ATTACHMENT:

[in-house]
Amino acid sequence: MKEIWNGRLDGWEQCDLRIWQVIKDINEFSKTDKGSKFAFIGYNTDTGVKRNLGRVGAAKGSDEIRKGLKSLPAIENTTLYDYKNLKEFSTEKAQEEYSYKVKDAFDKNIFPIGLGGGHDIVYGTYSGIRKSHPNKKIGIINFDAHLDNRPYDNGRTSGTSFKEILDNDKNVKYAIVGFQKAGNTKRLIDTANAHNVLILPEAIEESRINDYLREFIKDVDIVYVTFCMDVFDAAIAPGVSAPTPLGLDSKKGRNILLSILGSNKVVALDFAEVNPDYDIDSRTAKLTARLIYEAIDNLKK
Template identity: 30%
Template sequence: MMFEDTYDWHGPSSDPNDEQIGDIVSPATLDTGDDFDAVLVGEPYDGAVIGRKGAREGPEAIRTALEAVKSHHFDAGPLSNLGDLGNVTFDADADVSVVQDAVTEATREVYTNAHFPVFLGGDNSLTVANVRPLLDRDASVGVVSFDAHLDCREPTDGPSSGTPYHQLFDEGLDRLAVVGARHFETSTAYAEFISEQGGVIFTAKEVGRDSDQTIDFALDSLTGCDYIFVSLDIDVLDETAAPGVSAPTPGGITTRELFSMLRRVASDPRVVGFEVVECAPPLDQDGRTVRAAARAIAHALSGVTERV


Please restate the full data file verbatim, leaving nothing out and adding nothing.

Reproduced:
[in-house]
Amino acid sequence: MKEIWNGRLDGWEQCDLRIWQVIKDINEFSKTDKGSKFAFIGYNTDTGVKRNLGRVGAAKGSDEIRKGLKSLPAIENTTLYDYKNLKEFSTEKAQEEYSYKVKDAFDKNIFPIGLGGGHDIVYGTYSGIRKSHPNKKIGIINFDAHLDNRPYDNGRTSGTSFKEILDNDKNVKYAIVGFQKAGNTKRLIDTANAHNVLILPEAIEESRINDYLREFIKDVDIVYVTFCMDVFDAAIAPGVSAPTPLGLDSKKGRNILLSILGSNKVVALDFAEVNPDYDIDSRTAKLTARLIYEAIDNLKK
Template identity: 30%
Template sequence: MMFEDTYDWHGPSSDPNDEQIGDIVSPATLDTGDDFDAVLVGEPYDGAVIGRKGAREGPEAIRTALEAVKSHHFDAGPLSNLGDLGNVTFDADADVSVVQDAVTEATREVYTNAHFPVFLGGDNSLTVANVRPLLDRDASVGVVSFDAHLDCREPTDGPSSGTPYHQLFDEGLDRLAVVGARHFETSTAYAEFISEQGGVIFTAKEVGRDSDQTIDFALDSLTGCDYIFVSLDIDVLDETAAPGVSAPTPGGITTRELFSMLRRVASDPRVVGFEVVECAPPLDQDGRTVRAAARAIAHALSGVTERV